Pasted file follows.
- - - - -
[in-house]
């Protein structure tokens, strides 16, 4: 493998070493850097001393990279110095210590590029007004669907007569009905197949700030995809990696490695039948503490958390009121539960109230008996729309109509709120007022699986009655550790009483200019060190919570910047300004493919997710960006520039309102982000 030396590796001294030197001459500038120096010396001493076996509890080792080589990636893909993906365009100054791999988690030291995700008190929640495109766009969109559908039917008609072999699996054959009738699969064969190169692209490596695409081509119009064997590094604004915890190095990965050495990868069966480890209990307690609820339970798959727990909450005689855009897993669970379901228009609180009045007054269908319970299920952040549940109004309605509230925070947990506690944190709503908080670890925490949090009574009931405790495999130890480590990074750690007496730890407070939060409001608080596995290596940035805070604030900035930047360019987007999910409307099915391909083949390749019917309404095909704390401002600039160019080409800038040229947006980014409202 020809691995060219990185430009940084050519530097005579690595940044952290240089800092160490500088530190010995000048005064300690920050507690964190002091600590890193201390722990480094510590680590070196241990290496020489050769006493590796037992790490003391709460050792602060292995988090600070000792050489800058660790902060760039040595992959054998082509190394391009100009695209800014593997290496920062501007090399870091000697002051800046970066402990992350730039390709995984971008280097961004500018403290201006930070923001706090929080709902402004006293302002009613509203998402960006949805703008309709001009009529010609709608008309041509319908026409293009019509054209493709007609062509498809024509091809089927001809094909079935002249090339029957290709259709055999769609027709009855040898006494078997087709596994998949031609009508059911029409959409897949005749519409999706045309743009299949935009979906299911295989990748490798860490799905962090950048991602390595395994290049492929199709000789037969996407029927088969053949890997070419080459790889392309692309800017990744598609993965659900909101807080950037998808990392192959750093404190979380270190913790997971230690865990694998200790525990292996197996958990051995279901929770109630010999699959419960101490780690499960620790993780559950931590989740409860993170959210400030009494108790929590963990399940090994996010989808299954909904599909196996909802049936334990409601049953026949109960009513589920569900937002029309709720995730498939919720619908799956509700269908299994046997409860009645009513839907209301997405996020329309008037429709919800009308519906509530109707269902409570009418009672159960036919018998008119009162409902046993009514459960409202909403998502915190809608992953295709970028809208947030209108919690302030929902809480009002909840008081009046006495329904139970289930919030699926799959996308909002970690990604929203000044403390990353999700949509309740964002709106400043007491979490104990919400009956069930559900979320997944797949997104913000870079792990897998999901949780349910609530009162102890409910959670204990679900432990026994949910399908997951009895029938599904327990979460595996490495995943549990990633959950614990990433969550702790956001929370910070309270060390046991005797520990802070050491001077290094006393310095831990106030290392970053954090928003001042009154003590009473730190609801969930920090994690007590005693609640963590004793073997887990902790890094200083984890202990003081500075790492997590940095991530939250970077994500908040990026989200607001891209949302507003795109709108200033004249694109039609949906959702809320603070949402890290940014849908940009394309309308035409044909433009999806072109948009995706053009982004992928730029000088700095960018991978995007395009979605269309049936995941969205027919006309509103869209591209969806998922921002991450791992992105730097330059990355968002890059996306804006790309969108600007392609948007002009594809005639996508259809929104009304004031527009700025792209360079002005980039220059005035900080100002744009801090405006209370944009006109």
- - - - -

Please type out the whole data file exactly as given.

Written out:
[in-house]
């Protein structure tokens, strides 16, 4: 493998070493850097001393990279110095210590590029007004669907007569009905197949700030995809990696490695039948503490958390009121539960109230008996729309109509709120007022699986009655550790009483200019060190919570910047300004493919997710960006520039309102982000 030396590796001294030197001459500038120096010396001493076996509890080792080589990636893909993906365009100054791999988690030291995700008190929640495109766009969109559908039917008609072999699996054959009738699969064969190169692209490596695409081509119009064997590094604004915890190095990965050495990868069966480890209990307690609820339970798959727990909450005689855009897993669970379901228009609180009045007054269908319970299920952040549940109004309605509230925070947990506690944190709503908080670890925490949090009574009931405790495999130890480590990074750690007496730890407070939060409001608080596995290596940035805070604030900035930047360019987007999910409307099915391909083949390749019917309404095909704390401002600039160019080409800038040229947006980014409202 020809691995060219990185430009940084050519530097005579690595940044952290240089800092160490500088530190010995000048005064300690920050507690964190002091600590890193201390722990480094510590680590070196241990290496020489050769006493590796037992790490003391709460050792602060292995988090600070000792050489800058660790902060760039040595992959054998082509190394391009100009695209800014593997290496920062501007090399870091000697002051800046970066402990992350730039390709995984971008280097961004500018403290201006930070923001706090929080709902402004006293302002009613509203998402960006949805703008309709001009009529010609709608008309041509319908026409293009019509054209493709007609062509498809024509091809089927001809094909079935002249090339029957290709259709055999769609027709009855040898006494078997087709596994998949031609009508059911029409959409897949005749519409999706045309743009299949935009979906299911295989990748490798860490799905962090950048991602390595395994290049492929199709000789037969996407029927088969053949890997070419080459790889392309692309800017990744598609993965659900909101807080950037998808990392192959750093404190979380270190913790997971230690865990694998200790525990292996197996958990051995279901929770109630010999699959419960101490780690499960620790993780559950931590989740409860993170959210400030009494108790929590963990399940090994996010989808299954909904599909196996909802049936334990409601049953026949109960009513589920569900937002029309709720995730498939919720619908799956509700269908299994046997409860009645009513839907209301997405996020329309008037429709919800009308519906509530109707269902409570009418009672159960036919018998008119009162409902046993009514459960409202909403998502915190809608992953295709970028809208947030209108919690302030929902809480009002909840008081009046006495329904139970289930919030699926799959996308909002970690990604929203000044403390990353999700949509309740964002709106400043007491979490104990919400009956069930559900979320997944797949997104913000870079792990897998999901949780349910609530009162102890409910959670204990679900432990026994949910399908997951009895029938599904327990979460595996490495995943549990990633959950614990990433969550702790956001929370910070309270060390046991005797520990802070050491001077290094006393310095831990106030290392970053954090928003001042009154003590009473730190609801969930920090994690007590005693609640963590004793073997887990902790890094200083984890202990003081500075790492997590940095991530939250970077994500908040990026989200607001891209949302507003795109709108200033004249694109039609949906959702809320603070949402890290940014849908940009394309309308035409044909433009999806072109948009995706053009982004992928730029000088700095960018991978995007395009979605269309049936995941969205027919006309509103869209591209969806998922921002991450791992992105730097330059990355968002890059996306804006790309969108600007392609948007002009594809005639996508259809929104009304004031527009700025792209360079002005980039220059005035900080100002744009801090405006209370944009006109």